1. Reevaluate your menu. Look to highlight items that travel and heat up well and those that look and taste as good upon delivery as they do when served in-store.
  2. Include reheating instructions with all orders.
  3. Create value-added specials for families, like a dinner for four specials with an appetizer, salad, entrée and dessert.
  4. Add bottled soda to your drink offerings.
  5. Stock your restaurant with proper take-out and delivery packaging, including utensils, napkins and condiments. Don’t skimp on bags and boxes.
  6. Create a Thank You item (or items) for customers who support you during the slowest weeks, such as a low-amount gift card for a future take-out/delivery order, a higher-amount gift card for when full dining becomes available, a hand-written note expressing thanks for their business, or small freebies. Be creative, but remember, a little goes a long way!
  7. Include a business card from the owner or general manager with a note outlining steps customers can take if they are not satisfied. If, and when contacted, act promptly and courteously.
  8. Pay special attention to order taking and checking to ensure accuracy.
  9. Ask about special food preparation requirements.
  10. Add a personal touch by letting customers know the name of the person taking their order.
  11. Phone calls must be answered as promptly as possible and in a professional manner.
  12. Pay attention to how menu items are placed in containers to ensure they look attractive when customers receive them.
  13. Include extra containers of sauces and dressings. When reheated, many menu items tend to dry out, and customers appreciate the extra items.
  14. Be sure to track all orders and hold delivery drivers accountable.
  15. Follow up with customers after they receive their order — later that day or at the latest, the next morning.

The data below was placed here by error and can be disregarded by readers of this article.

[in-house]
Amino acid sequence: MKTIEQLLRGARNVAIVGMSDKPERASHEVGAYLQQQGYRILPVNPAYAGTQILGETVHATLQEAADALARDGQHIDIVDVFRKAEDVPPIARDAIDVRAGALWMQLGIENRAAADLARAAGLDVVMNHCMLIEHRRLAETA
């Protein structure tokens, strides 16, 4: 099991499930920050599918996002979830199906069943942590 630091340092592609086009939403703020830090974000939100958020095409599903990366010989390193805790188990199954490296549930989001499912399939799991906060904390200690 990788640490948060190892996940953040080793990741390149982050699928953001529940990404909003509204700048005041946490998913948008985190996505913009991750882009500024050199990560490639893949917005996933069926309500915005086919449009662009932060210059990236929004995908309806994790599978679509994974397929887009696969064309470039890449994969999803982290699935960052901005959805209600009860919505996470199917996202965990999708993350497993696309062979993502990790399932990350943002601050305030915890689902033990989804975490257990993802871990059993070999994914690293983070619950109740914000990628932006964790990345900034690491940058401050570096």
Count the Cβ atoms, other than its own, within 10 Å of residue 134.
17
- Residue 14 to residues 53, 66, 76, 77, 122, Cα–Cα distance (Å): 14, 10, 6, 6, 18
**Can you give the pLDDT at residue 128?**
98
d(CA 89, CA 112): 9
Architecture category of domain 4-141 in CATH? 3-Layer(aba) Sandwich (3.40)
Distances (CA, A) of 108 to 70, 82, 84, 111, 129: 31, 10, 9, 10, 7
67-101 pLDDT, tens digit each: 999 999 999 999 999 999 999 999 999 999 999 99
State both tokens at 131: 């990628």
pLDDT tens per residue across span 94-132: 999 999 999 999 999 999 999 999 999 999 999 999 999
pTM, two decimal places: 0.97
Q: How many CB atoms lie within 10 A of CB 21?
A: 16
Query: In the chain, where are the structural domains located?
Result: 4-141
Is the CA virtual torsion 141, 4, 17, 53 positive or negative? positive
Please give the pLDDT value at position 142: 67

16. A good rule of thumb for managing expectations is to under-promise and overdeliver.
  17. Include with each delivery a list of future specials and of course, the take-out and delivery menu.
  18. Utilize the restaurant’s loyalty program to communicate with and market to your database of loyal customers.
  19. Create a simple frequent diner program. For example, every fourth order receives a $10 or 10-percent off discount.
  20. Build order tickets by offering a multi-meal discount. For example, place a second or third order at the same time and receive 5 percent or 10 percent off, respectively.
  21. Offer an additional entrée with orders over a certain amount. For example, spend $50 and receive an order of spaghetti & meatballs at no additional charge.
  22. Market on social media with pictures of menu items and specials.
  23. Market on social media with videos of the owner showing cleanliness of the kitchen, food preparation or just offering a personal message of care and thanks.
  24. Document all processes and methods regarding take-out and delivery to incorporate into restaurant operations to enhance business when restaurant is open for dine-in customers.
  25. Communicate, communicate, communicate with staff on changes and progress. Celebrate small wins!

Assistance & Resources

The future may be a bit bumpy for some, more so for others. Knowing who to turn to and when to turn to for guidance and help is important. Having resources at your disposal is also important. So, if you hit a wall, for whatever reason, please feel free to reach out to me for assistance or even if you just need someone to talk to. Please do not hesitate. You can reach me via a LinkedIn message, by email to, and by phone or text at (832) 797-9851. Learn more about Acceler8Success Group at

Have a great day. Make it happen. Make it count!